One of the suspects arrested on Monday, Sergio Rodríguez Orellana, is a manager for social and environmental issues for DESA, the company said in a statement, noting that it was "surprised" by his arrest. "We trust that all employees' actions are within the law," the company said, and denied "any material or intellectual connection" to the murder.
The company said it had complied with all investigators' requests.
A second suspect, Douglas Geovanny Bustillo, had worked in the past for a security company hired by the dam project, DESA wrote in response to an email.
A military spokesman told the local news media that the two other suspects are an army major and a retired captain.
Ms. Cáceres's family said they learned of the arrests from news reports. They questioned whether the investigation would ultimately lead to those who planned and ordered the killing. Ms. Cáceres was not under police protection when she was killed.
"Because we have been excluded from the investigative process from the start, we have no way to judge whether the arrests are the result of an exhaustive investigation, nor do we know if they included the intellectual authorship at all its levels," according to a statement Monday from Ms. Cáceres's family and the organization she founded, the National Council of Popular and Indigenous Organizations of Honduras.
Silvio Carrillo, a nephew of Ms. Cáceres, wrote in an email that officials had told the family last week to expect an arrest soon.
The family asked for an independent investigation by the Inter-American Commission on Human Rights, but the Honduran government rejected it.
"As we have stated since the assassination," Mr. Carrillo wrote, "the Honduran government lacks the veracity and political will to conduct a just, thorough and professional investigation."
9) Man Wrongfully Convicted of Murder Awaits His Exoneration, 52 Years Later
A couple of years ago, Paul Gatling, a retired landscaper in Virginia, happened to see an article in a local newspaper about the Brooklyn district attorney's efforts to identify wrongful convictions.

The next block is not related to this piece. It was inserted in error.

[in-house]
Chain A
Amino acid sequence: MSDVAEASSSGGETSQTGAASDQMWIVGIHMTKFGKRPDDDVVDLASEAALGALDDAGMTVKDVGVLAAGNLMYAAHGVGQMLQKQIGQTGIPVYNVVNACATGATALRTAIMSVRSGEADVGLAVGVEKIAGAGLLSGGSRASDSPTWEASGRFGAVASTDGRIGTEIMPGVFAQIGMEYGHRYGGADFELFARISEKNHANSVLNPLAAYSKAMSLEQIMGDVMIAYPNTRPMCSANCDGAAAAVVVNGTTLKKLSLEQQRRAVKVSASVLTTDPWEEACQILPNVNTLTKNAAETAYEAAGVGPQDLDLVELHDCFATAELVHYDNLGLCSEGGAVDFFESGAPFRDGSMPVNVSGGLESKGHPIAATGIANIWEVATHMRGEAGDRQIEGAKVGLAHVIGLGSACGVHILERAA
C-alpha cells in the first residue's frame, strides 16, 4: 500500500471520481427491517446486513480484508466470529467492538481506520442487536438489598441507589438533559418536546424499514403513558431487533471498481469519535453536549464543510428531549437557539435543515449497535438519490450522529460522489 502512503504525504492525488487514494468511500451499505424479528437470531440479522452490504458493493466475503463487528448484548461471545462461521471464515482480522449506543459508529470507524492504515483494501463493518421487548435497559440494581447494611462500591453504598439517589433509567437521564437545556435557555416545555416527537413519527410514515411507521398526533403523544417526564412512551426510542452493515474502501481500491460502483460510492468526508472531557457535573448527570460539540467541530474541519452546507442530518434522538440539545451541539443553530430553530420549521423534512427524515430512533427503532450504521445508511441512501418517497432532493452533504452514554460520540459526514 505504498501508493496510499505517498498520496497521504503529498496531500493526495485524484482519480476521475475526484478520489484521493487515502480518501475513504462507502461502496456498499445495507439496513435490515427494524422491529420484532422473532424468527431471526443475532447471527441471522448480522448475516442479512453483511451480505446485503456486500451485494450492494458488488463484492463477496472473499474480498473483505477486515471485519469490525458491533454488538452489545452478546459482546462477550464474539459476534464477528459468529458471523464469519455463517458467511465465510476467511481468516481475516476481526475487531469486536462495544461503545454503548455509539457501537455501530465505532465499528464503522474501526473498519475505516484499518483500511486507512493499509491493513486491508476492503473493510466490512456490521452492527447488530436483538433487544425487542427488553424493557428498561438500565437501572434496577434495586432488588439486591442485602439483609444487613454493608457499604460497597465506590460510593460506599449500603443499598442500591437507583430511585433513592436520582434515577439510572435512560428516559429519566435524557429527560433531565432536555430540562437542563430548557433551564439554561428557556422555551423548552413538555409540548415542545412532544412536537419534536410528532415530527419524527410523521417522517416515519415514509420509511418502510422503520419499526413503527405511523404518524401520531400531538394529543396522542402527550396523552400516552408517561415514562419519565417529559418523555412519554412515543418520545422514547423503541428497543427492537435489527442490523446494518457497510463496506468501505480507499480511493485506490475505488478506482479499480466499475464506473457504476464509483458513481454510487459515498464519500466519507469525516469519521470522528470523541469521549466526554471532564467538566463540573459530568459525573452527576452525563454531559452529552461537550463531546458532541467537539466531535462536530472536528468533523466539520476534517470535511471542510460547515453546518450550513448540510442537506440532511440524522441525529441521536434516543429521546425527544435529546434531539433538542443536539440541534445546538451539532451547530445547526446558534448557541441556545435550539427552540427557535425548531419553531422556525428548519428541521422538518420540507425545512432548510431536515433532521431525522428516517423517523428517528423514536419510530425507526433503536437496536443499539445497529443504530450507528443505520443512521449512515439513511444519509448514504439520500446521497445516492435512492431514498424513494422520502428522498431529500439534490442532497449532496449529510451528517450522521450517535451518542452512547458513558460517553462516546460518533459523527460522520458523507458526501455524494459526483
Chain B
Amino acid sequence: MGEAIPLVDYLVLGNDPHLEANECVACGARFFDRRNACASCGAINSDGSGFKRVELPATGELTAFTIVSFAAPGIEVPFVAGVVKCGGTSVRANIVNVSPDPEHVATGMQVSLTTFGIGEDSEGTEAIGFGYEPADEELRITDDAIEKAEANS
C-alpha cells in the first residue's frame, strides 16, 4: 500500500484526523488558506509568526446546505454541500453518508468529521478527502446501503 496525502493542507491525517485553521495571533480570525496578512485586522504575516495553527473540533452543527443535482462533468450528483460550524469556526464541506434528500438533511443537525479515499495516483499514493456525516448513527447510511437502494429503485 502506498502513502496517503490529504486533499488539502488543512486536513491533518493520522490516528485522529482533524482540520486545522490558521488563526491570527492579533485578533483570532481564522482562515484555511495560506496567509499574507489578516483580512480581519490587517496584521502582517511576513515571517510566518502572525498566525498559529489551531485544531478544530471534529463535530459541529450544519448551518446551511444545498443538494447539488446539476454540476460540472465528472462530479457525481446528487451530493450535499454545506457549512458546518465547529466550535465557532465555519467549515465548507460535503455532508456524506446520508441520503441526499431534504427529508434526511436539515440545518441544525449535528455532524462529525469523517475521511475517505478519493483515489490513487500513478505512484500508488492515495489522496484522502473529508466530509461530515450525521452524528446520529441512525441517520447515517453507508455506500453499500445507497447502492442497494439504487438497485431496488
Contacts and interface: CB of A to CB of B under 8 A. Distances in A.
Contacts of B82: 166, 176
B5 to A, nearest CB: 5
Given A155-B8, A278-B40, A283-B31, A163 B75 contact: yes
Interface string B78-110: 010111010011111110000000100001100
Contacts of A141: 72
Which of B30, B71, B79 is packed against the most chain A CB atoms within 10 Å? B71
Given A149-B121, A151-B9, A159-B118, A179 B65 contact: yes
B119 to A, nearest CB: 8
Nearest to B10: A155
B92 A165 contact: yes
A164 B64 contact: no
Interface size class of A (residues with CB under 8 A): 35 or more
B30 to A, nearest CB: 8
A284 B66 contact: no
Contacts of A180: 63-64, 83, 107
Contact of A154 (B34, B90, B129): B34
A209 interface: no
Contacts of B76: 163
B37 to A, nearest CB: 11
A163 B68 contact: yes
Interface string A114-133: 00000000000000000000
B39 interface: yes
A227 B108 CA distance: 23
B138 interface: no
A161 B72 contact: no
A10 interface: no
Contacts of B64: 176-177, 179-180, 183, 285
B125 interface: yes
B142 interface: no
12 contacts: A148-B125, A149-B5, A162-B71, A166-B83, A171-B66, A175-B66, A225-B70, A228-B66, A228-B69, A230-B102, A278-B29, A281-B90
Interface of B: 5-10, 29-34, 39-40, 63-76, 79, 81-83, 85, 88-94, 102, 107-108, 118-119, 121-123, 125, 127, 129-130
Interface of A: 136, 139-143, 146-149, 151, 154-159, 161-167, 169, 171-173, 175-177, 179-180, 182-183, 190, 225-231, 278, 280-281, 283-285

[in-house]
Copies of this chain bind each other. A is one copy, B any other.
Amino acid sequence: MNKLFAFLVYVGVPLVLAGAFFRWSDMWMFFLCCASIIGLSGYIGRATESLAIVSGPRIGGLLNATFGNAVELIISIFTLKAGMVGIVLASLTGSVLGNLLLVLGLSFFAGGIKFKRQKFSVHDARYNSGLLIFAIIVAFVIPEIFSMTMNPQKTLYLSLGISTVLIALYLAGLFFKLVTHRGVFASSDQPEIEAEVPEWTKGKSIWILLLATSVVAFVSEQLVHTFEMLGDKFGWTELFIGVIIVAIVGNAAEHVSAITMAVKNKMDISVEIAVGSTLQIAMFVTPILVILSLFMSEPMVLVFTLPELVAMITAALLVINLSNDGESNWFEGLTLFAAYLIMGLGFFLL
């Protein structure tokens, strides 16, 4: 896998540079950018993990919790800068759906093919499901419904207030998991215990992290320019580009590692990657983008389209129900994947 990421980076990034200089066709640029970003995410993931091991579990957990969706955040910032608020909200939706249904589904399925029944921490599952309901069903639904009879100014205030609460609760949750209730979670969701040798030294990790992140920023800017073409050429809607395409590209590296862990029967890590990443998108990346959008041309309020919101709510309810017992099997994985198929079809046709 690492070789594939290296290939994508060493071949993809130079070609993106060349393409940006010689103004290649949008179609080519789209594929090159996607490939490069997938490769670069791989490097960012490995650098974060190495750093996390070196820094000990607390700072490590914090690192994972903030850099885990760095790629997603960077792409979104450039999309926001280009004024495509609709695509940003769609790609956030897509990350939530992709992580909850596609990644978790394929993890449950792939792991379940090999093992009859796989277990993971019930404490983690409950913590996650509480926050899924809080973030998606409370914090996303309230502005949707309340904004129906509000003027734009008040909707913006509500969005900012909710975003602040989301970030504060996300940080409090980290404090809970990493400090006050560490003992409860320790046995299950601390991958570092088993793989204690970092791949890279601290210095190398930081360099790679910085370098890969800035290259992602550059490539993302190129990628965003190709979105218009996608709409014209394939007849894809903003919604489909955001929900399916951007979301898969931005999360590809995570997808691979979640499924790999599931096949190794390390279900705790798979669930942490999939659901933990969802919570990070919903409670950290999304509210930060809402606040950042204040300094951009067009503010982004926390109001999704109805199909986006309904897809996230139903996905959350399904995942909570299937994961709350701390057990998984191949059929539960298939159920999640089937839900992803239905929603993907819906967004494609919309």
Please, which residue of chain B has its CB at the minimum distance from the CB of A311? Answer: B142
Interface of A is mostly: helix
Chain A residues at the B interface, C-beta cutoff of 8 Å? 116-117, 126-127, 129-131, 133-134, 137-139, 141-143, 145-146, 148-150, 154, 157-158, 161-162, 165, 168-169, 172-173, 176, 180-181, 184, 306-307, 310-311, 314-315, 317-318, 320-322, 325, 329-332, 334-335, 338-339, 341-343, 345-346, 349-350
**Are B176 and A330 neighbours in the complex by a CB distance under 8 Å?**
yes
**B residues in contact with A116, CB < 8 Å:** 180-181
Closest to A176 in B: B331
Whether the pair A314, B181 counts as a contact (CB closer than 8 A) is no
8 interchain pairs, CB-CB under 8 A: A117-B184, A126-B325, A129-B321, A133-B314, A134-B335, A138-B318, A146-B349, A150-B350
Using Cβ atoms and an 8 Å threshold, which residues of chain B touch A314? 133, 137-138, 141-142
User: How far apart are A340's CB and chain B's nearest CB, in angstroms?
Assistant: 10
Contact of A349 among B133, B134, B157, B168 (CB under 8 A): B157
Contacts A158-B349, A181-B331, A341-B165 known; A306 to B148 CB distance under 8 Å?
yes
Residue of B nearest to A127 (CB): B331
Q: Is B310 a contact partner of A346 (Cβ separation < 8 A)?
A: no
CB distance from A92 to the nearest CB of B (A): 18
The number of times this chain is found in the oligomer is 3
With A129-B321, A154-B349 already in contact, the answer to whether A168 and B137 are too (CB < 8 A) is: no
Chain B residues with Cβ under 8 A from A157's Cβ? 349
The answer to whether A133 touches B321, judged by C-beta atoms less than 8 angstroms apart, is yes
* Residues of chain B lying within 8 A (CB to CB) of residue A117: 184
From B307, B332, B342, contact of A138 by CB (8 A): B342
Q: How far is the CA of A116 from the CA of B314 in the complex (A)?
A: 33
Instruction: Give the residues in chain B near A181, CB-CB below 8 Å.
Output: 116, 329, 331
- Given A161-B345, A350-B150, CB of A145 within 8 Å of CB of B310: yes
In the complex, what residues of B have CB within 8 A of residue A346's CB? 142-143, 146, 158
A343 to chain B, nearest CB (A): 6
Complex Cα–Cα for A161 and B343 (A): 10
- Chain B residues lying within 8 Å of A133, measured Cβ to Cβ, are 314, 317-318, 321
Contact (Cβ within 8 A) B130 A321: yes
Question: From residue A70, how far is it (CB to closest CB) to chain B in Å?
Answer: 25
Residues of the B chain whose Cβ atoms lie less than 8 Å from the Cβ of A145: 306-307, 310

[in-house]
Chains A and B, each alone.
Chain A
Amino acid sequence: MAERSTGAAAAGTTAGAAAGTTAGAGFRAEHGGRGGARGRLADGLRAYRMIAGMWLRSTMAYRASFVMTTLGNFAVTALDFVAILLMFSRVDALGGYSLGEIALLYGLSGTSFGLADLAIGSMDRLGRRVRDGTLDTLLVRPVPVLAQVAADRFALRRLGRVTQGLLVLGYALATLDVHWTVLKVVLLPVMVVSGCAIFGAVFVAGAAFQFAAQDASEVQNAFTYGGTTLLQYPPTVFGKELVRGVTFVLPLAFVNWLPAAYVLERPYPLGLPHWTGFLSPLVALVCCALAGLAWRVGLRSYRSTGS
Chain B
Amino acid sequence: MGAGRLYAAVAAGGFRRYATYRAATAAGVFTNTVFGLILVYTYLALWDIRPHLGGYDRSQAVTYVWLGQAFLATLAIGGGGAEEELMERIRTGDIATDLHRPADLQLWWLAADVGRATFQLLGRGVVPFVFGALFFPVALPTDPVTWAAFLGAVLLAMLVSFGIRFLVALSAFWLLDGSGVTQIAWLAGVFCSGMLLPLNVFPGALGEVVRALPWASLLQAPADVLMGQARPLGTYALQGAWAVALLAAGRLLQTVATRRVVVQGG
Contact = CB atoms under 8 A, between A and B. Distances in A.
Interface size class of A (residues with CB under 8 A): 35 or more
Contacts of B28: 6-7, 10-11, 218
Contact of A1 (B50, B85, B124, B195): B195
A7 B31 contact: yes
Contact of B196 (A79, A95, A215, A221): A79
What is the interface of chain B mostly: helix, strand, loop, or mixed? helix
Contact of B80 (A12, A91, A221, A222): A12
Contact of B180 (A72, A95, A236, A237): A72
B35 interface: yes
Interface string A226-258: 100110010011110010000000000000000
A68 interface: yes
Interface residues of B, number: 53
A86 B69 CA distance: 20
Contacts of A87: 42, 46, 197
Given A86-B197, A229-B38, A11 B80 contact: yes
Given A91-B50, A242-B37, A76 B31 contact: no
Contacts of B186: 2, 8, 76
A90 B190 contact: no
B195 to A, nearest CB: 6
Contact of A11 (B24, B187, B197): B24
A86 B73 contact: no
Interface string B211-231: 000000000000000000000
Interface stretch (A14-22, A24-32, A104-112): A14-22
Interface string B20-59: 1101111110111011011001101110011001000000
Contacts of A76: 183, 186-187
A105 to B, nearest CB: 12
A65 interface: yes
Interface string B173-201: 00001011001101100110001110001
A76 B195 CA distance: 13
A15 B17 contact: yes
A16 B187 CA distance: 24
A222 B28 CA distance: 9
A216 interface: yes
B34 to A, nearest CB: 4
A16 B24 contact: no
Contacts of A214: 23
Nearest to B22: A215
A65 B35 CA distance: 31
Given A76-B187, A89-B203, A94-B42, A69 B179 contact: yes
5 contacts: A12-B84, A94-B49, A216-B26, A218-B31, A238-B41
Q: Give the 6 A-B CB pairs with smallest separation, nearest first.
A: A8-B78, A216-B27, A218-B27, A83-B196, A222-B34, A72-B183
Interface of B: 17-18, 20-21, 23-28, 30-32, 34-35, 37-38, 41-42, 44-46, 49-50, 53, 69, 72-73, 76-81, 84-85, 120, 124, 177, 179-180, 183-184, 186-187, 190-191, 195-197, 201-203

Mr. Gatling, then 79, had himself been wrongfully convicted in 1964 of murdering an artist in the Crown Heights neighborhood of Brooklyn. He spent nine years in prison for the crime until, with the help of the Legal Aid Society, his sentence was commuted by Nelson A. Rockefeller, New York's governor at the time. Even with the reduction in his sentence and his eventual parole, Mr. Gatling remained, officially, a convicted murderer.
Intrigued by the possibility that he might finally be able to clear his name, Mr. Gatling called the lawyer who had handled his commutation and was, some 40 years later, still working for Legal Aid. The lawyer suggested that he write to the district attorney's office to ask if its new Conviction Review Unit would re-examine his case. Mr. Gatling did, and his request began an inquiry that led investigators into a tale of legal malfeasance, one that is to culminate on Monday in Mr. Gatling's formal exoneration.
"I wanted to be done with all of this," Mr. Gatling, now 81, said in a telephone interview last week. "I was still angry about having to spend that time for something I didn't do."